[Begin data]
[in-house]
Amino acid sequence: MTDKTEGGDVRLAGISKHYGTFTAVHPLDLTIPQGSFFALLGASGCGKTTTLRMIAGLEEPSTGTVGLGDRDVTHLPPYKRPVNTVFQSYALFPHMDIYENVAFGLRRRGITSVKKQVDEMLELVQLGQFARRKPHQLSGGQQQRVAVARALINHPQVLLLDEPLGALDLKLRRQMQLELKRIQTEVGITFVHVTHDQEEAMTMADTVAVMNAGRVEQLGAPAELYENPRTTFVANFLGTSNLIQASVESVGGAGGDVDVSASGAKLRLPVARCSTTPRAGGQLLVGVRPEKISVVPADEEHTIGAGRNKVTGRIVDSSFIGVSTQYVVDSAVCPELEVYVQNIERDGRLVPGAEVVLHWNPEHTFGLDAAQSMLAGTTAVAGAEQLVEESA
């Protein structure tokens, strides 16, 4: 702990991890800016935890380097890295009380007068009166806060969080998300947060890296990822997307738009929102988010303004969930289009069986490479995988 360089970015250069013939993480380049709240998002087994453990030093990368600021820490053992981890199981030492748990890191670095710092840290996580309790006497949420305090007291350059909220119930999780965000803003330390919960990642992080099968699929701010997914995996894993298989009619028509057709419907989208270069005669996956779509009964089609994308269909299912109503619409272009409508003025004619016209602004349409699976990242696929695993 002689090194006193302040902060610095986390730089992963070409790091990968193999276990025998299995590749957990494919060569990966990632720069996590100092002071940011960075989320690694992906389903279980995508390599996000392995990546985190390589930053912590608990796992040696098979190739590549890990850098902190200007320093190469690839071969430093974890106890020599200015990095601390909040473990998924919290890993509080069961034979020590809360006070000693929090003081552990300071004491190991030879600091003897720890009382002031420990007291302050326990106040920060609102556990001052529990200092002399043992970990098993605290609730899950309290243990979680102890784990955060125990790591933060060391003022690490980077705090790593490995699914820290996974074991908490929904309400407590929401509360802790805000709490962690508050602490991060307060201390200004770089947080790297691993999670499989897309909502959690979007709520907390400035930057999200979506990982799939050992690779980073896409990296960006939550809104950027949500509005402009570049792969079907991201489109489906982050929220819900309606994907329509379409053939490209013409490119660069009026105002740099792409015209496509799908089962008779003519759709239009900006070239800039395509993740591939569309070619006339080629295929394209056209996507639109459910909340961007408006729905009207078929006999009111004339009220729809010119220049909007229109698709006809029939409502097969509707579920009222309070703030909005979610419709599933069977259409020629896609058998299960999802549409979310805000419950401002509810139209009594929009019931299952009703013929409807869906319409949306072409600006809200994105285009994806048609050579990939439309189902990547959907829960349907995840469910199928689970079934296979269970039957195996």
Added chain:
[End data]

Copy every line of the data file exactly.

[in-house]
Amino acid sequence: MTDKTEGGDVRLAGISKHYGTFTAVHPLDLTIPQGSFFALLGASGCGKTTTLRMIAGLEEPSTGTVGLGDRDVTHLPPYKRPVNTVFQSYALFPHMDIYENVAFGLRRRGITSVKKQVDEMLELVQLGQFARRKPHQLSGGQQQRVAVARALINHPQVLLLDEPLGALDLKLRRQMQLELKRIQTEVGITFVHVTHDQEEAMTMADTVAVMNAGRVEQLGAPAELYENPRTTFVANFLGTSNLIQASVESVGGAGGDVDVSASGAKLRLPVARCSTTPRAGGQLLVGVRPEKISVVPADEEHTIGAGRNKVTGRIVDSSFIGVSTQYVVDSAVCPELEVYVQNIERDGRLVPGAEVVLHWNPEHTFGLDAAQSMLAGTTAVAGAEQLVEESA
């Protein structure tokens, strides 16, 4: 702990991890800016935890380097890295009380007068009166806060969080998300947060890296990822997307738009929102988010303004969930289009069986490479995988 360089970015250069013939993480380049709240998002087994453990030093990368600021820490053992981890199981030492748990890191670095710092840290996580309790006497949420305090007291350059909220119930999780965000803003330390919960990642992080099968699929701010997914995996894993298989009619028509057709419907989208270069005669996956779509009964089609994308269909299912109503619409272009409508003025004619016209602004349409699976990242696929695993 002689090194006193302040902060610095986390730089992963070409790091990968193999276990025998299995590749957990494919060569990966990632720069996590100092002071940011960075989320690694992906389903279980995508390599996000392995990546985190390589930053912590608990796992040696098979190739590549890990850098902190200007320093190469690839071969430093974890106890020599200015990095601390909040473990998924919290890993509080069961034979020590809360006070000693929090003081552990300071004491190991030879600091003897720890009382002031420990007291302050326990106040920060609102556990001052529990200092002399043992970990098993605290609730899950309290243990979680102890784990955060125990790591933060060391003022690490980077705090790593490995699914820290996974074991908490929904309400407590929401509360802790805000709490962690508050602490991060307060201390200004770089947080790297691993999670499989897309909502959690979007709520907390400035930057999200979506990982799939050992690779980073896409990296960006939550809104950027949500509005402009570049792969079907991201489109489906982050929220819900309606994907329509379409053939490209013409490119660069009026105002740099792409015209496509799908089962008779003519759709239009900006070239800039395509993740591939569309070619006339080629295929394209056209996507639109459910909340961007408006729905009207078929006999009111004339009220729809010119220049909007229109698709006809029939409502097969509707579920009222309070703030909005979610419709599933069977259409020629896609058998299960999802549409979310805000419950401002509810139209009594929009019931299952009703013929409807869906319409949306072409600006809200994105285009994806048609050579990939439309189902990547959907829960349907995840469910199928689970079934296979269970039957195996």
Added chain: